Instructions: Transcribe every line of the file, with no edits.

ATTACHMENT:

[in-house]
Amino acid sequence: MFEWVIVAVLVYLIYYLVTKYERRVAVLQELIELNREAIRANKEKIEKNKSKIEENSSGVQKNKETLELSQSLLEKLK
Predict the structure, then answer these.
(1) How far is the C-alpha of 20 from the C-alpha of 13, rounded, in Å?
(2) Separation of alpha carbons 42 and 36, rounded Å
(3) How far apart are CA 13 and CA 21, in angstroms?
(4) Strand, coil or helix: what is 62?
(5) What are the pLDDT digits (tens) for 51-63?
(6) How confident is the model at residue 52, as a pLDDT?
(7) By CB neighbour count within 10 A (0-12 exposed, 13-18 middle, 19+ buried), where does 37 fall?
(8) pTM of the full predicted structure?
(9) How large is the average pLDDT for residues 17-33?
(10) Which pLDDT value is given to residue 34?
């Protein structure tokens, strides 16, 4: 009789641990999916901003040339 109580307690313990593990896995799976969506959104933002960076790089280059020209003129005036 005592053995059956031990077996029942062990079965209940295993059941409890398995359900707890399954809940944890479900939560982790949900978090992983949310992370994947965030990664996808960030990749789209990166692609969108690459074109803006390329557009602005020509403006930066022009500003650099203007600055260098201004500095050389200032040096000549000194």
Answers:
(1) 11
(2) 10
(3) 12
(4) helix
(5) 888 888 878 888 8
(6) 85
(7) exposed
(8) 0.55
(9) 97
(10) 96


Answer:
[in-house]
Amino acid sequence: MFEWVIVAVLVYLIYYLVTKYERRVAVLQELIELNREAIRANKEKIEKNKSKIEENSSGVQKNKETLELSQSLLEKLK
Predict the structure, then answer these.
(1) How far is the C-alpha of 20 from the C-alpha of 13, rounded, in Å?
(2) Separation of alpha carbons 42 and 36, rounded Å
(3) How far apart are CA 13 and CA 21, in angstroms?
(4) Strand, coil or helix: what is 62?
(5) What are the pLDDT digits (tens) for 51-63?
(6) How confident is the model at residue 52, as a pLDDT?
(7) By CB neighbour count within 10 A (0-12 exposed, 13-18 middle, 19+ buried), where does 37 fall?
(8) pTM of the full predicted structure?
(9) How large is the average pLDDT for residues 17-33?
(10) Which pLDDT value is given to residue 34?
């Protein structure tokens, strides 16, 4: 009789641990999916901003040339 109580307690313990593990896995799976969506959104933002960076790089280059020209003129005036 005592053995059956031990077996029942062990079965209940295993059941409890398995359900707890399954809940944890479900939560982790949900978090992983949310992370994947965030990664996808960030990749789209990166692609969108690459074109803006390329557009602005020509403006930066022009500003650099203007600055260098201004500095050389200032040096000549000194």
Answers:
(1) 11
(2) 10
(3) 12
(4) helix
(5) 888 888 878 888 8
(6) 85
(7) exposed
(8) 0.55
(9) 97
(10) 96